Dane it seems that spot you have picked out will be very shady, you could have shb issues and your bees won't be able to gather as long because your daylight hours will be lessened considerably. Not to rain on your parade but I have heard that honeydew honey is an inferior honey, but I don't know for sure. As for as propolis, I think you would get all you could handle.
Thx for the reply. :) There is no SHB here in Oregon (of which I'm aware) and also no honeydew honey that I've been able to find. Honeydew honey requires more than just pine or fir trees, it requires the scales (or aphids) to digest the sap and exude nectar. I'm unsure if those insects are here in any quantity enough to make it an issue. I've found no mention of them at all in any searches and have never noticed any in my tree climbing (SRT
) or hiking.
Regarding honeydew being inferior honey, that would depend on the criteria. As compared to typical flower nectar based honey; do greater amounts of oligosaccharides, glucose oxidase and anti-oxidants (all detailed in the article I linked) make honeydew honey inferior? By my reading, it seems it could be one of, if not the
, most healthful honey varieties.
ETA ~> Oh, I see a couple of new posts. It's the taste that is bad. Got it... Seems there may be an equitable medicinal market however ~> retail link
Gotchya on the shade. I can position the hives so they do get direct morning thru early afternoon sun, but they would be in the shade more than ideal. That's pretty obvious... I guess I'm more curious about about PNW forest nectar sources, duration, etc.,; Douglas fir, maple. I see hummingbirds around here often and have no idea what they feed on, besides residential flora. With the 2-3 mile radius forage range, that residential garden aspect may come largely into play...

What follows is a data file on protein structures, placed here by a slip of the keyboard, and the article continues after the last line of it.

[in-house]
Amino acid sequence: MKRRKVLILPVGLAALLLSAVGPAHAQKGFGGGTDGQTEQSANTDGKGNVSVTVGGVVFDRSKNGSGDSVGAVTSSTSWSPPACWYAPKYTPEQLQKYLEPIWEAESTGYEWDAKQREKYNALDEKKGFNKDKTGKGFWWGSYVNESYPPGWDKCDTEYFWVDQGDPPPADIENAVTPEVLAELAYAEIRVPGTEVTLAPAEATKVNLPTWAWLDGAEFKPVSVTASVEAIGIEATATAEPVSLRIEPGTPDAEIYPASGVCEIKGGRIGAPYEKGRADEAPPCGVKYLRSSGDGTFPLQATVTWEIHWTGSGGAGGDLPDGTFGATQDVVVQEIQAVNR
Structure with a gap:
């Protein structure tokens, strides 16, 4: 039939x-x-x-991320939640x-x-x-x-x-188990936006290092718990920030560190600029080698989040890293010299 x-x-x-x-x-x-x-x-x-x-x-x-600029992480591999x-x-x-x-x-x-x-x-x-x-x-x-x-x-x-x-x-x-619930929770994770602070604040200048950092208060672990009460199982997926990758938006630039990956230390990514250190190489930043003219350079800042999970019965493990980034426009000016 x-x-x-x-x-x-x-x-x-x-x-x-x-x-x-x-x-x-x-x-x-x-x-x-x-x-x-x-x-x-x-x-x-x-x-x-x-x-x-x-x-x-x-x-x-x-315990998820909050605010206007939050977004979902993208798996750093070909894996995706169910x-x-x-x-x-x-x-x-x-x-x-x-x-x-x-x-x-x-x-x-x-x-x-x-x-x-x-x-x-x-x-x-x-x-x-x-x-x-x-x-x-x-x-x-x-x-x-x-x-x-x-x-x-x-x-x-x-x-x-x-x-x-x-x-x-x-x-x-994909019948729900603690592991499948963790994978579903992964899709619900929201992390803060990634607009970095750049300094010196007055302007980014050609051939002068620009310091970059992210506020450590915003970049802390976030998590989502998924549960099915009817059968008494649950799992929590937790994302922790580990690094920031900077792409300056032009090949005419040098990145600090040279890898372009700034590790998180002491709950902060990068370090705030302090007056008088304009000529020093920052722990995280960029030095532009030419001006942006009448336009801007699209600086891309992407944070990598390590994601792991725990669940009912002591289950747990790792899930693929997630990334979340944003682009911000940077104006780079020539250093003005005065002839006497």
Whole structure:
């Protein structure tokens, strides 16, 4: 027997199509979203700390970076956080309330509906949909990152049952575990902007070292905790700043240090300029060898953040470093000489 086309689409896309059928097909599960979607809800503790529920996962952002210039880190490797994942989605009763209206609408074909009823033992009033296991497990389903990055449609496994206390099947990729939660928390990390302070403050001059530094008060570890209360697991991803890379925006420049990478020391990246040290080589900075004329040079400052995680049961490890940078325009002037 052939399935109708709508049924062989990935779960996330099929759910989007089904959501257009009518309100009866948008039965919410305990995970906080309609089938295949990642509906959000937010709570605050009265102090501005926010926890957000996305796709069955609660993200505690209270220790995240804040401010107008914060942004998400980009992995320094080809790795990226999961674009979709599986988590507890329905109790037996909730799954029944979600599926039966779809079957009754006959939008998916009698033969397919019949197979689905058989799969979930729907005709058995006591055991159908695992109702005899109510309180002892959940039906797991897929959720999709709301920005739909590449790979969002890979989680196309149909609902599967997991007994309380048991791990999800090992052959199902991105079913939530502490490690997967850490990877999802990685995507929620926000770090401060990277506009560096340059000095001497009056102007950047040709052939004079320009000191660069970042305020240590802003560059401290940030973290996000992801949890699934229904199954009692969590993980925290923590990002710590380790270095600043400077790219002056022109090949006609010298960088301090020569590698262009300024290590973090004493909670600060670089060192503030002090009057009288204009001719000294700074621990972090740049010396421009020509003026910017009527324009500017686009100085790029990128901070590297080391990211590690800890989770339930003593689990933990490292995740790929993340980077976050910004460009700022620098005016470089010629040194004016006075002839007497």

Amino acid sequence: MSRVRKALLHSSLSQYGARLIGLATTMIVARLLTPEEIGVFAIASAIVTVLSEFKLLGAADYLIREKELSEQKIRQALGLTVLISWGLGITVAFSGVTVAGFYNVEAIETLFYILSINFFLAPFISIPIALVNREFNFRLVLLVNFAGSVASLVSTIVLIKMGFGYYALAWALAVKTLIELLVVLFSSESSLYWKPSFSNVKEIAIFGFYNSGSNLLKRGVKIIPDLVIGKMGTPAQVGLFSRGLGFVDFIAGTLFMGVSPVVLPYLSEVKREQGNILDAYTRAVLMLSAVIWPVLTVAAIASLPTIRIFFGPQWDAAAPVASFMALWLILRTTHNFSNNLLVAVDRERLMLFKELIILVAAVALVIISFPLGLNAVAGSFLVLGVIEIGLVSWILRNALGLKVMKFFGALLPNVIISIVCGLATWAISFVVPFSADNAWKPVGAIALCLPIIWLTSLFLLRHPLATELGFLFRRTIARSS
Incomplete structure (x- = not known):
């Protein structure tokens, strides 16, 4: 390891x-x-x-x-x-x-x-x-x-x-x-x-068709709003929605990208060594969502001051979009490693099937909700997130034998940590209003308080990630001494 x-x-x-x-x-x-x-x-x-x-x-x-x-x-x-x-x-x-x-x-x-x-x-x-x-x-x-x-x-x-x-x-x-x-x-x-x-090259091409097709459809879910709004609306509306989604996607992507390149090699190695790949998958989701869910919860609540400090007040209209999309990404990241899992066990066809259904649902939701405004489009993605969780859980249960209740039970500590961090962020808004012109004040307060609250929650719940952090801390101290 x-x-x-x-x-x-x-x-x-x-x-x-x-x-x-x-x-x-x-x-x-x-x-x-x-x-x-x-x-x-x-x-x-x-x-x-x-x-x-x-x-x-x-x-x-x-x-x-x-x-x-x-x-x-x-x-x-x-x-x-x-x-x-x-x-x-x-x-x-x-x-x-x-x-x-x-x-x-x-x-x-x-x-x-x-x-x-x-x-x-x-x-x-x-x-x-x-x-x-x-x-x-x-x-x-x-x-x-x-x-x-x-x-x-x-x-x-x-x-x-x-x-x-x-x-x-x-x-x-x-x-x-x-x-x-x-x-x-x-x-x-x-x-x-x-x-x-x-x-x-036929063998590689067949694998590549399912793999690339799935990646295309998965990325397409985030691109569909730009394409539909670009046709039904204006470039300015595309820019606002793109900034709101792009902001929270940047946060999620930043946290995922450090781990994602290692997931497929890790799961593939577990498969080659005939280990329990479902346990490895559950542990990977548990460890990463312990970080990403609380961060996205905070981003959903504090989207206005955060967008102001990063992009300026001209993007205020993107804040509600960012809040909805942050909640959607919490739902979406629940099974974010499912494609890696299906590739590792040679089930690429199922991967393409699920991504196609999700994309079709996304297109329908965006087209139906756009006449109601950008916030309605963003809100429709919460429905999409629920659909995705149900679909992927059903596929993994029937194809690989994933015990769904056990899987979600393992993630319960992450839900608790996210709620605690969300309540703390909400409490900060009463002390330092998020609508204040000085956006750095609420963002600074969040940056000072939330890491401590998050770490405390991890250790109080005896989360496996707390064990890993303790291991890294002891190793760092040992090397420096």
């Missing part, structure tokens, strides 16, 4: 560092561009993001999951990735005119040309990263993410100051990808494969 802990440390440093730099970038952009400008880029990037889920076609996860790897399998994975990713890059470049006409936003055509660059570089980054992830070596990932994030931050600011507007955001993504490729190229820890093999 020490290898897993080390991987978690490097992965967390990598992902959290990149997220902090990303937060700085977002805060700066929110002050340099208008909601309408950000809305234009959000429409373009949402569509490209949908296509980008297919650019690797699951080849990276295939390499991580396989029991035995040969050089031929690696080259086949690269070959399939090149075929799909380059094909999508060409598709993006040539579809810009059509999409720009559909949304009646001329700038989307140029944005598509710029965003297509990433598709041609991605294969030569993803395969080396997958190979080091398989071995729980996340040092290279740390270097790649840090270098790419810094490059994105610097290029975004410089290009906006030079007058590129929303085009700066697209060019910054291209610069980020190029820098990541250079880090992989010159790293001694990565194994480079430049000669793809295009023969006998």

In fact, the hives would only be about 5000 ft from 3 different parks (e.g. Washington Park, 332 acres
), one being the largest within city-limits park in the country (Forest Park, 5000 acres
) as well as the Portland Rose Gardens
& Japanese Garden
. So I'm somewhat hopeful they may find some decent nectar sources beyond the immediate area. Here's a broader satellite image:
that's over toward estacada? you'd have plenty of forage options and the river. might not be a bad spot, but i agree about the sun. we need to give them all we can in this state!
Hi Kathy - I was posting as you were, lol. This house is right next to the Portland Rose Gardens, Washington Park, etc., (see image above). Whatchya think about over here?
ETA (one last "edited to add", lol) ~> Here's the run-down of the flora in Forest Park, which is representative of some
of what would be in forage range:Forest Park is located within what is known as the Western Hemlock zone. In its natural, undisturbed condition, this zone is populated by three primary tree species: Douglas-fir, western hemlock and western red cedar. To a lesser degree, grand fir, black cottonwood, red alder, bigleaf maple, madrone and western yew trees also occur throughout the landscape.
Shrubs are well developed, including: sword fern, salal, Oregon grape, lady fern, red huckleberry, vine maple, and western hazel are common and indicative species. Predominant wildflowers in this zone include wild ginger, inside-out flower, Hooker's fairy bells, vanilla leaf, evergreen violet, and trillium.